Relapsed/refractory/classical CD30+ HL with no prior SCT or not candidate for SCT (NCT01990534)c


Brentuximab monotherapy

  • IV every 21 days (1.8 mg/kg)

Phase IV

aOngoing but not recruiting participants

ABVD indicates doxorubicin, bleomycin, vinblastine, dacarbazine; ALCL, anaplastic large cell lymphoma; ASCT, autologous stem cell transplant; AVD, doxorubicin, vinblastine, dacarbazine; CHP, cyclophosphamide, doxorubicin, prednisone; CHOP, cyclophosphamide, doxorubicin, vincristine, prednisone; HL, Hodgkin lymphoma; IV, intravenous; MF, mycosis fungoides; SCT, stem cell transplant.

Source: NIH Clinical Trials Registry,

Data also were presented at ASH from a phase II trial of brentuximab vedotin in patients with cutaneous T-cell lymphomas and other lymphoproliferative disorders (Abstract 367). This latest update in this patient population demonstrated response rates of more than 70% (34 of 48 patients), with 35% CR (17 of 48 patients). Also of note, a response rate of 50% was observed in patients with mycosis fungoides (14 of 28 patients), irrespective of CD30 expression levels.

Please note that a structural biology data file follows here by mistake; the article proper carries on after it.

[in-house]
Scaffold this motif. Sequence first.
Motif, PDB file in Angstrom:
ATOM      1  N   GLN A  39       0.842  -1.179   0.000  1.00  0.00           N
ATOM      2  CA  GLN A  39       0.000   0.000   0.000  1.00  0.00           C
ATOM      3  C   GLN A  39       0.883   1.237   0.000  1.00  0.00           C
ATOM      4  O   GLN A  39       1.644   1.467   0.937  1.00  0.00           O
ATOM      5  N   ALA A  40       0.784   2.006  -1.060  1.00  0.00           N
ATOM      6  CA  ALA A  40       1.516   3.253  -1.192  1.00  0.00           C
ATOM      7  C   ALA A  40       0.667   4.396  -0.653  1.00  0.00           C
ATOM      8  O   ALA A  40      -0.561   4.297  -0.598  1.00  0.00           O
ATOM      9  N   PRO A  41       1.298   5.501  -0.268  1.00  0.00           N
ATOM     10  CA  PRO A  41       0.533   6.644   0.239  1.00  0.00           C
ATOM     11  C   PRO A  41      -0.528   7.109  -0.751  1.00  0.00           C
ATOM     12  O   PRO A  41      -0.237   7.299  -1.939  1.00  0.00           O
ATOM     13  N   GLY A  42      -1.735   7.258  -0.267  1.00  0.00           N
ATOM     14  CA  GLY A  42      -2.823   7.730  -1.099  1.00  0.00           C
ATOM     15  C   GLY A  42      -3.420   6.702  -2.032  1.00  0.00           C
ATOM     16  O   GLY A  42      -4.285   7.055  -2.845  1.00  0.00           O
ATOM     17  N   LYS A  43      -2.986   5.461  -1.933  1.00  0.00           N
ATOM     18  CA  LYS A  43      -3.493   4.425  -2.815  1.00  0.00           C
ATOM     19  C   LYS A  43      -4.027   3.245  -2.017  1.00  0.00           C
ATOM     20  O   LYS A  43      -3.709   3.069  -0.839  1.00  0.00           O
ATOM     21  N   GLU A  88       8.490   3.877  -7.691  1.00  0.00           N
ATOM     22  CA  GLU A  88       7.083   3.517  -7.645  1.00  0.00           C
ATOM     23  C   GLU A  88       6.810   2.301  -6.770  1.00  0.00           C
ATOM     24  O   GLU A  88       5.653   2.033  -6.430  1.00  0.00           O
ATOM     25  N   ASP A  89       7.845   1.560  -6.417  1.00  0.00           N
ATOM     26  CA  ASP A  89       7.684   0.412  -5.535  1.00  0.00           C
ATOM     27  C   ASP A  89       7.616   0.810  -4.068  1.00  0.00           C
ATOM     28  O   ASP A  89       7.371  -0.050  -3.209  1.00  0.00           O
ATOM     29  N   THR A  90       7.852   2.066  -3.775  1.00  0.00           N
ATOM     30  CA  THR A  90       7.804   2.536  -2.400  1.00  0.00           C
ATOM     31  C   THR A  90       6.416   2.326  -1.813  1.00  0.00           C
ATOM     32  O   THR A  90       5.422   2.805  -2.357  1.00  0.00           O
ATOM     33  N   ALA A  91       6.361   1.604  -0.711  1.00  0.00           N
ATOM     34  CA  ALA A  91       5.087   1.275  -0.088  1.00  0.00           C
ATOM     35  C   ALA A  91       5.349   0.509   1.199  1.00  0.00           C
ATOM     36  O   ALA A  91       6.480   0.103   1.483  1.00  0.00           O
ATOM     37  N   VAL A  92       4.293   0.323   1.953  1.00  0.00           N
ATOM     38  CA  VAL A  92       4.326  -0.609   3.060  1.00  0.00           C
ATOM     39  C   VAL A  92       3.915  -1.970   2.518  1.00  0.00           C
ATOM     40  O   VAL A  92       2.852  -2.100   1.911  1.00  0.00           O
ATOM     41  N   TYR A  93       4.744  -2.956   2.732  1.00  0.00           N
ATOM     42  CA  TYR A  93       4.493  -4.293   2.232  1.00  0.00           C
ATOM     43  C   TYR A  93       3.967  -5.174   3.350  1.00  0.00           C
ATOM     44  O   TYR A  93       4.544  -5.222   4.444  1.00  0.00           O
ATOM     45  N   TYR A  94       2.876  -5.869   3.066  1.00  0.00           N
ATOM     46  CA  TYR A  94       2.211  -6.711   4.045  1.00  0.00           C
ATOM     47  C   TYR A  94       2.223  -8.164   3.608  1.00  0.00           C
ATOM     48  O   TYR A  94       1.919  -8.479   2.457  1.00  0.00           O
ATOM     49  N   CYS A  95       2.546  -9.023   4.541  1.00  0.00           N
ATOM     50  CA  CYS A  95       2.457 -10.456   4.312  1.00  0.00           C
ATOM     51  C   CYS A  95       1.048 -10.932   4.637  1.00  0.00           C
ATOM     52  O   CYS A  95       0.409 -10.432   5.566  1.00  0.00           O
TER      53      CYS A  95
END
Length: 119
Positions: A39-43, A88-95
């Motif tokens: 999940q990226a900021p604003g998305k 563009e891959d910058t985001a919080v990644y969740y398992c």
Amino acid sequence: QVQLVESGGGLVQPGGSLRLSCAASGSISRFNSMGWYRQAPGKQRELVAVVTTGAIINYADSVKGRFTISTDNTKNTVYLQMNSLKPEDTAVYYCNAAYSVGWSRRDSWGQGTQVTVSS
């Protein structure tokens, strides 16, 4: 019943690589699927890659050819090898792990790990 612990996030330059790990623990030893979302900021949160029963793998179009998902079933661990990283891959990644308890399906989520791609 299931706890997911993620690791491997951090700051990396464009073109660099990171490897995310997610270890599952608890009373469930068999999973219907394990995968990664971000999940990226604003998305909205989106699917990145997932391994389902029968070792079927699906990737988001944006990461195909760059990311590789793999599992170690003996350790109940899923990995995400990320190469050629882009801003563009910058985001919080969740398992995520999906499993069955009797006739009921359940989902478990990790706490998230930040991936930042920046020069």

In the solid tumor realm, researchers reported at the 2013 American Society of Clinical Oncology Annual Meeting in June, that 3 heavily pretreated patients with testicular cancer experienced clinical benefit from brentuximab vedotin and that the therapy was well tolerated (Abstract 327).

Other CD30-Targeting Approaches

Other approaches to targeting CD30 for the treatment of cancer are being evaluated in early-stage clinical trials and preclinical testing. Genetically engineered T cells that express a chimeric T-cell receptor conjugated to a CD30 mAb, known as CD30 chimeric receptor-activated T cells (CARTCD30), are undergoing several phase I clinical trials (NCT01316146, NCT01645293). Typically, the patient’s own T cells are used; however, one clinical trial is under way that is examining the administration of CART-CD30 in Epstein-Barr virus- specific cytotoxic T lymphocytes as these cells may be present in the bloodstream for longer, giving them more time to have antitumor effects (NCT01192464).